Reason-for-Being, Governing Principles, High-Level Business Design

My thinking on governing and managing businesses is much influenced by Stephan H. Haeckel, when I was assigned to the IBM Advanced Business Institute, 1998-2000.

In 1999, Steve published Adaptive Enterprise: Creating and Leading Sense-And-Respond Organizations (preview on Google Books). Most of Steve’s content is now on his website at .

One of the major ideas coming from Steve has a distinction between setting a direction, and outlining the boundaries of (acceptable) behaviour for members of the organization. Here’s an excerpt from the book that clarifies that.

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The Leader’s Role: Providing Context and Coordination

The word context, popularly taken to mean information providing an explanatory background, has a much more specific meaning in the sense-and-respond model.

Organizational context encompasses three basic parts: the organization’s reason for being, its governing principles, and its high-level business design.

  • Unlike typical mission and vision statements, which propose a (sometimes inconsistent) mix of goals and principles, a reason for being statement unequivocally defines the organization’s primary purpose—the one outcome that justifies its existence. It also identifies the primary beneficiary of that purpose and any absolute constraints on how it is to be achieved.

  • Governing principles set forth the organization’s unbreachable limits of action, including what its members must always do or never do in their pursuit of the firm’s purpose.

  • A high-level business design is a system design of the organization’s essential structure. It illustrates the relationships among elements both inside and outside the organization in terms of the outcomes they owe one another—the outcomes essential to achieving the enterprise reason for being.

Together, these three components of context tell accountable, empowered people where the organization is headed, the boundaries on their actions, and a picture of how what they do relates to what others do and to organizational purpose. A well-articulated context provides an unambiguous framework for individual activity, aligning and bounding organizational actions without dictating what those actions should be. It leaves empowered individuals free to choose the best responses to unanticipated requests within a unifying framework of unambiguous purpose, principles, and structure. [p. 17, editorial paragraphing added]

Developing and adapting organizational context is the primary responsibility of leadership. This creative process differs considerably from the problem-solving activities that many senior managers still consider their principal work. It calls for dramatically different skills. The rigorous intellectual exercise of context building depends on leadership’s ability to develop viable conceptual business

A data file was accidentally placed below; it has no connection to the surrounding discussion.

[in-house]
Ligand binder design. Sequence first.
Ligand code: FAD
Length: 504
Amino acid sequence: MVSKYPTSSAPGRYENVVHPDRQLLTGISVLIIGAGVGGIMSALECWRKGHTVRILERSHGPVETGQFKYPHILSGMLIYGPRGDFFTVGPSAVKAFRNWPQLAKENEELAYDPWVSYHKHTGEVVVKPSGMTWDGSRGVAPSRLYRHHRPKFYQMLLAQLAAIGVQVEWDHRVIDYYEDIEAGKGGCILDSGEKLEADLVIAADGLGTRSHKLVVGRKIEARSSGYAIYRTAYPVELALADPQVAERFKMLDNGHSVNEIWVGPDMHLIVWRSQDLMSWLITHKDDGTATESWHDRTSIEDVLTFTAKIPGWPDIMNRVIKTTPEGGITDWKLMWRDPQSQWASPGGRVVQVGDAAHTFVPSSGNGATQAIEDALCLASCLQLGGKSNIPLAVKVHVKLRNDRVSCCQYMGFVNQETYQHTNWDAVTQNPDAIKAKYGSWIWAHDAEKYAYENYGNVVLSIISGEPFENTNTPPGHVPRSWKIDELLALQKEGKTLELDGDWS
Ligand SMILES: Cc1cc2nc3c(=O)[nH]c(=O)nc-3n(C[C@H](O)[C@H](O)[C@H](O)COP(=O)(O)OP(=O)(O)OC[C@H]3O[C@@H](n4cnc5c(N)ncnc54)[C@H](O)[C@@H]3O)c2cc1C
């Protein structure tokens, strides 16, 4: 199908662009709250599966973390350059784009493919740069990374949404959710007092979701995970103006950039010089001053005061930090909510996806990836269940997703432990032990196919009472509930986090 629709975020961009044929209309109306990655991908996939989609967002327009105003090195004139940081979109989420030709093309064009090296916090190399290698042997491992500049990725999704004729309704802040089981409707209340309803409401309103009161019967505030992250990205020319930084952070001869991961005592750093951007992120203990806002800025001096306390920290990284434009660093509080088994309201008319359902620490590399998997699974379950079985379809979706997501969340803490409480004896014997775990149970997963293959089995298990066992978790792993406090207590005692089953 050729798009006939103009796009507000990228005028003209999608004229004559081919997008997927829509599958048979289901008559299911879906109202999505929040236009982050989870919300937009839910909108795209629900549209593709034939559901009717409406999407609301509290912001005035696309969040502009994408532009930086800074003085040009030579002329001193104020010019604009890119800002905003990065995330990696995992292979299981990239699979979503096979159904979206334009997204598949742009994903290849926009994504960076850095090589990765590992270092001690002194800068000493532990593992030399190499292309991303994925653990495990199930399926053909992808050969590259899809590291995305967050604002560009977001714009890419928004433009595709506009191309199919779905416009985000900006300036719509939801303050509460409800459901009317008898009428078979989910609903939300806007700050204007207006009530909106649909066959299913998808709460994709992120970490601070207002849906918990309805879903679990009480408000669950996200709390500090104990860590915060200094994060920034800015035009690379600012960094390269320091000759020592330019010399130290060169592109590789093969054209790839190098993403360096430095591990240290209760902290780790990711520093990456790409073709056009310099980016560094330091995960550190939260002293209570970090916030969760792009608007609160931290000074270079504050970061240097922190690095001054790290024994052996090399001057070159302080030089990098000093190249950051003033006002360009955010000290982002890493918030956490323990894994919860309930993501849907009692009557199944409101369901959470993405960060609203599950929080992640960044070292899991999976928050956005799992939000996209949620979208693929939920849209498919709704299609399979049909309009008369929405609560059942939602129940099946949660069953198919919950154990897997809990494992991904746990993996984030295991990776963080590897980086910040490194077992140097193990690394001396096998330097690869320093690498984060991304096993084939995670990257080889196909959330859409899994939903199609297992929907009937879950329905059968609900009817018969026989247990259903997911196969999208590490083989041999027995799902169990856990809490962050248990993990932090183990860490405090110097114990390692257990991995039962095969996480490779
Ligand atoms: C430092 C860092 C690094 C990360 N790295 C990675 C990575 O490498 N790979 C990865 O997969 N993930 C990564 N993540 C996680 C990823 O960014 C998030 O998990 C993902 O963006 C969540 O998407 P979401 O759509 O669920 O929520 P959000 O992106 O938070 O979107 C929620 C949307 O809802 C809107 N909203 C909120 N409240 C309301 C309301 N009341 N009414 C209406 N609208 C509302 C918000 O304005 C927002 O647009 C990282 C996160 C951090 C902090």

models—an ability rarer than talent for putting out fires. [pp. 17-18] […]

Leaders’ responsibilities do not end with creating context. They must go on to ensure that organizational behavior accords with it. This requires tracking the important commitments negotiated among accountable, empowered people. Defining organizational roles in terms of commitments made to deliver particular outcomes to particular internal or external customers puts appropriate emphasis on the interaction of system elements, not on their actions. It also emphasizes the system-defined outcomes required of these roles, that is, their contribution to organizational purpose, as opposed to the procedures required to produce that contribution. People in roles defined this way come to understand that they are not accountable for their actions but for the consequences of their actions. [p. 18]

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Putting this into practice was documented in an report published 2012 by Dan Forno, based on his experience when he was VP at IBM.

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My first step after I had attended the course at the Advanced Business Institute was to arrange a two
day training session for my leadership team. We worked through the principles and began identifying
specific deliverables that we could start using in the workplace the next day. It was in that session that I
saw how I could utilize the concepts to make a real difference.

Reason for Being

We hammered out our first ‘Reason for Being’. I love that phrase! It has power behind it. Those three
words answer so many questions, much more than the more colloquial ‘Mission Statement.’ Working